SOUTHAVEN, Miss. — September is National Infant Mortality Month.
In the U.S., nearly six babies out of every 1,000 born won't make it to their first birthday. A large number of those children are born premature.
WREG's Troy Washington has the miraculous story of a Southaven child who beat the odds stacked against him from birth.
Little Dylan Franklin continues to surpass expectations.
"A lot of people don't give babies his size a chance, especially how small he was and the fact that the doctor's told us he's gonna die," Dylan's father, Dedrick Franklin, said.
Delivered at 6 months, baby Dylan made his grand entrance weighing only about 13 ounces, no bigger than a mango.
"He could literally fit right here, he was really small," Paige Franklin, Dylan's mom, said.
These parents faced decisions like if he's delivered and not breathing, should doctor's revive? It was a tough dilemma for parents who simply wanted to be thrilled about welcoming their first child into the world.
While Dylan's parents worried about the worse that could happen, they underestimated just how hard the little boy was willing to fight for his own life.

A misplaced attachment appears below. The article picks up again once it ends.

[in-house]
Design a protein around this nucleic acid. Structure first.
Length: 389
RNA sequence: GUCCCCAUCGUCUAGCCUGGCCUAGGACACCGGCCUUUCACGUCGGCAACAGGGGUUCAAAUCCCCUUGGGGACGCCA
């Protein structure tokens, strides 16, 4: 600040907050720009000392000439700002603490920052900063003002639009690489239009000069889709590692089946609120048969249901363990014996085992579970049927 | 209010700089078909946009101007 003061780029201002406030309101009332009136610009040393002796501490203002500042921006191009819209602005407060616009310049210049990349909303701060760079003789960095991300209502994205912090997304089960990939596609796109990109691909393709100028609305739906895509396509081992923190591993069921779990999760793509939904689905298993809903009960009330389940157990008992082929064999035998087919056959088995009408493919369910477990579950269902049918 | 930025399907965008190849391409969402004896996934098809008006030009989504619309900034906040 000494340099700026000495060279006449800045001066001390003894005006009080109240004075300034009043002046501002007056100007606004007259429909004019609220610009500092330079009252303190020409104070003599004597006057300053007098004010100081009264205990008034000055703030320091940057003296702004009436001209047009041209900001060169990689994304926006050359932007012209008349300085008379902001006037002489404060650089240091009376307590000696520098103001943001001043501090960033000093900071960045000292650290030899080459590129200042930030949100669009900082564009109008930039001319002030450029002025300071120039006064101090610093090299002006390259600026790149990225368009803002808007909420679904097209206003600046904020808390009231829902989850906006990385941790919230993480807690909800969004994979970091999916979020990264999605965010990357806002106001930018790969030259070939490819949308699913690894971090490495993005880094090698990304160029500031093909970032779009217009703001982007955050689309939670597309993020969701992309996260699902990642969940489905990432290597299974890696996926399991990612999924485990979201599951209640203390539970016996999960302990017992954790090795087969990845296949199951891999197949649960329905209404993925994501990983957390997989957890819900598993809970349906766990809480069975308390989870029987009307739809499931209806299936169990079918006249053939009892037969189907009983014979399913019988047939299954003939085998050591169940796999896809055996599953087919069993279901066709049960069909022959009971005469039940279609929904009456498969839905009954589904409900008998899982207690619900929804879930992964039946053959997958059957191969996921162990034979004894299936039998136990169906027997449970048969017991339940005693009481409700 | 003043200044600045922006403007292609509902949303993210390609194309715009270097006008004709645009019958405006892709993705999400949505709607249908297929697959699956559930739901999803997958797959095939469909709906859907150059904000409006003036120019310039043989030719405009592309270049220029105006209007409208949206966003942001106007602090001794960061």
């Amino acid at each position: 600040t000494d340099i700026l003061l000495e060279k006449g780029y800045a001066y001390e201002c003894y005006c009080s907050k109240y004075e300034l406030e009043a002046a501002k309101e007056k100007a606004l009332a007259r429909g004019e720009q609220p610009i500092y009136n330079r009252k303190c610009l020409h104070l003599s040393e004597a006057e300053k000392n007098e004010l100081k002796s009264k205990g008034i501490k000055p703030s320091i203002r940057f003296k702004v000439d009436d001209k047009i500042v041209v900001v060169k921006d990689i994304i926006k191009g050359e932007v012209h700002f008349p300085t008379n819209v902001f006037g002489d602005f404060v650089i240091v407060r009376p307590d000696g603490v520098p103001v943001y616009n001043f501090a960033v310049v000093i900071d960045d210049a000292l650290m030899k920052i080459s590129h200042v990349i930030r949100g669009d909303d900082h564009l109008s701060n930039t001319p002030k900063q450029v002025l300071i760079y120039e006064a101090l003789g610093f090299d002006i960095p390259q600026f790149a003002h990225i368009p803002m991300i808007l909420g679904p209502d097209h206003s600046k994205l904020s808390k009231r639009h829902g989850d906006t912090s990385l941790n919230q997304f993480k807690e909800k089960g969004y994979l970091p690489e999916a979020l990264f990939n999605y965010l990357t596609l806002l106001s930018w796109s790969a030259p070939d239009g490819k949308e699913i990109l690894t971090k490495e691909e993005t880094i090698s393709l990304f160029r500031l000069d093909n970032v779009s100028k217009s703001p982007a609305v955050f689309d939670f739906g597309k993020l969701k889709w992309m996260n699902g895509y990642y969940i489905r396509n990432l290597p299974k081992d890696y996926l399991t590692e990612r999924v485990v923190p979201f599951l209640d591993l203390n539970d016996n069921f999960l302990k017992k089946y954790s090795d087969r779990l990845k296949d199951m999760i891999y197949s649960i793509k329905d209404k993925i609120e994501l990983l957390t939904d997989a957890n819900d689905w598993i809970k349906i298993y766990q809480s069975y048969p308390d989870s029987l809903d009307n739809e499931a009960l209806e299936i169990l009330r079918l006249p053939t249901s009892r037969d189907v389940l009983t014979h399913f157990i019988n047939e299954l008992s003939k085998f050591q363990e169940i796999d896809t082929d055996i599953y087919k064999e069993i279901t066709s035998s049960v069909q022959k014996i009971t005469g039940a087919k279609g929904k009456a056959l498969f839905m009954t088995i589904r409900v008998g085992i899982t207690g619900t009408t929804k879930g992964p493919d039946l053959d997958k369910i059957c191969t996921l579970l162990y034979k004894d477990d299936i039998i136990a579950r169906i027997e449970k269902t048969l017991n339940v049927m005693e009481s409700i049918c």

"First thing I noticed he was here he started..." Dedrick Franklin said, mimicking the newborn's little cry.
"It was the smallest little cry. I didn't expect to hear him cry, but he cried," Paige Franklin added.
But even after Dylan put to rest doubts by making it into the world alive, his future still seemed dim.
At first he was having problems breathing on his own. He stayed in the hospital for a while, each day proving that doctors' and their expectations could not compete with his will to survive and thrive.
"'He may not live through the night,' he makes it to two more nights," Paige Franklin said.
For the Franklins, it was faith that got them through.
"Every day he amazes us."
"Every day he does something to make us laugh."
Last Sunday Dylan turned 1, proving everyone wrong who said he wouldn't see the day and making these parents proud.
"At times I felt like giving up," Dedrick Franklin said, "but I said as long as he's fighting I need to keep on fighting right along with him."
Now the Franklins want to make sure other parents know it's possible to beat the odds.
"There's hope because look at him, nobody gave him a chance at all."
Doctors told Dylan's parents that he could face some developmental delays, but he was just checked out last week and everything seems fine. He can see, he can hear, and he is functioning just fine. He's now 14 pounds.